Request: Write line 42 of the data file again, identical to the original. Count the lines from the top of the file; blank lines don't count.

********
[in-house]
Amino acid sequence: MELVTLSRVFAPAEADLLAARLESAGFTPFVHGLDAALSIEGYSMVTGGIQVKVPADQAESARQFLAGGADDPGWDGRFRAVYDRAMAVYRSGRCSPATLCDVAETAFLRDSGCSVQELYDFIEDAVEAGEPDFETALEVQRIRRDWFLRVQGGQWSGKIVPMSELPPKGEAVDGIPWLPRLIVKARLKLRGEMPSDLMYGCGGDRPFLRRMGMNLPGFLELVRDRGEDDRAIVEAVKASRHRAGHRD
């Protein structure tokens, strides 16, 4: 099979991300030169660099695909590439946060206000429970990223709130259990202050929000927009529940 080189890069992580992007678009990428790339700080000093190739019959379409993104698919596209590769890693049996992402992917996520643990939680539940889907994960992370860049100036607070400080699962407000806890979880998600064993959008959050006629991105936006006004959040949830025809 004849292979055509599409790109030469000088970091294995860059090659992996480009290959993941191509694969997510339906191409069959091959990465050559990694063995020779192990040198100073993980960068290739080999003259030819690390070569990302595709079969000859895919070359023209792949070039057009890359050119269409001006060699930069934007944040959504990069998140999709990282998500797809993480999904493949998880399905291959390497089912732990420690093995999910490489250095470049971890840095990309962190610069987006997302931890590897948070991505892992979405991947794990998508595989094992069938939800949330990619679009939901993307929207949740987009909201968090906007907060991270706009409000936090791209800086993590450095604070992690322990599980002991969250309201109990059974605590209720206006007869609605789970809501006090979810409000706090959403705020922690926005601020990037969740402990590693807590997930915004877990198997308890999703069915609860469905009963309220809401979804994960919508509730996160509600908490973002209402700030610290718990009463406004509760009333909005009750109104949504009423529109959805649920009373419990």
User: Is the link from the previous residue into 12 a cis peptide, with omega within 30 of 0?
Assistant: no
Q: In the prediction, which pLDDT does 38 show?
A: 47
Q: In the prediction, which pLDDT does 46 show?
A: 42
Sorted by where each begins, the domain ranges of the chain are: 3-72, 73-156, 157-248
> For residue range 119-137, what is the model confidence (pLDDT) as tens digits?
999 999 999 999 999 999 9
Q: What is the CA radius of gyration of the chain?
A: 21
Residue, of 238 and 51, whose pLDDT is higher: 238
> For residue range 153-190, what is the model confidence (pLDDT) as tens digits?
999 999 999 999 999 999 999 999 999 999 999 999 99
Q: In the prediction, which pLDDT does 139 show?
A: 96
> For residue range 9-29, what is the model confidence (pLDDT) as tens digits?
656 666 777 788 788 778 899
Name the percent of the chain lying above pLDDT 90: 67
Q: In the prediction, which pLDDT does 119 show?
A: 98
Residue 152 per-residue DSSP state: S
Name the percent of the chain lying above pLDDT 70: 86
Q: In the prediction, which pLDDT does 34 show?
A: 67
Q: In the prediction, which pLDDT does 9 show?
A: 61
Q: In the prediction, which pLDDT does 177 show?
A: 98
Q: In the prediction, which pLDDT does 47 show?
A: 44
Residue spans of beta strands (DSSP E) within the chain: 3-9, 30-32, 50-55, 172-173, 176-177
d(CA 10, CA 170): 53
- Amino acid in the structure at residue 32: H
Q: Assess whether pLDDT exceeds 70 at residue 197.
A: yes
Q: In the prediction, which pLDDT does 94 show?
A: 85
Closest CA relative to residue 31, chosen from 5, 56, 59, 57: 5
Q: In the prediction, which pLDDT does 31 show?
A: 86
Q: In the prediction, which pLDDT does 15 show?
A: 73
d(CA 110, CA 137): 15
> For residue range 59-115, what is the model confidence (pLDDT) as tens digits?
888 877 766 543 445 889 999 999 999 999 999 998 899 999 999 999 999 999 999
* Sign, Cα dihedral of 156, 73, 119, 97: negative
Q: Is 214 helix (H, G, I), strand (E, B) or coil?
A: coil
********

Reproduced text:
Closest CA relative to residue 31, chosen from 5, 56, 59, 57: 5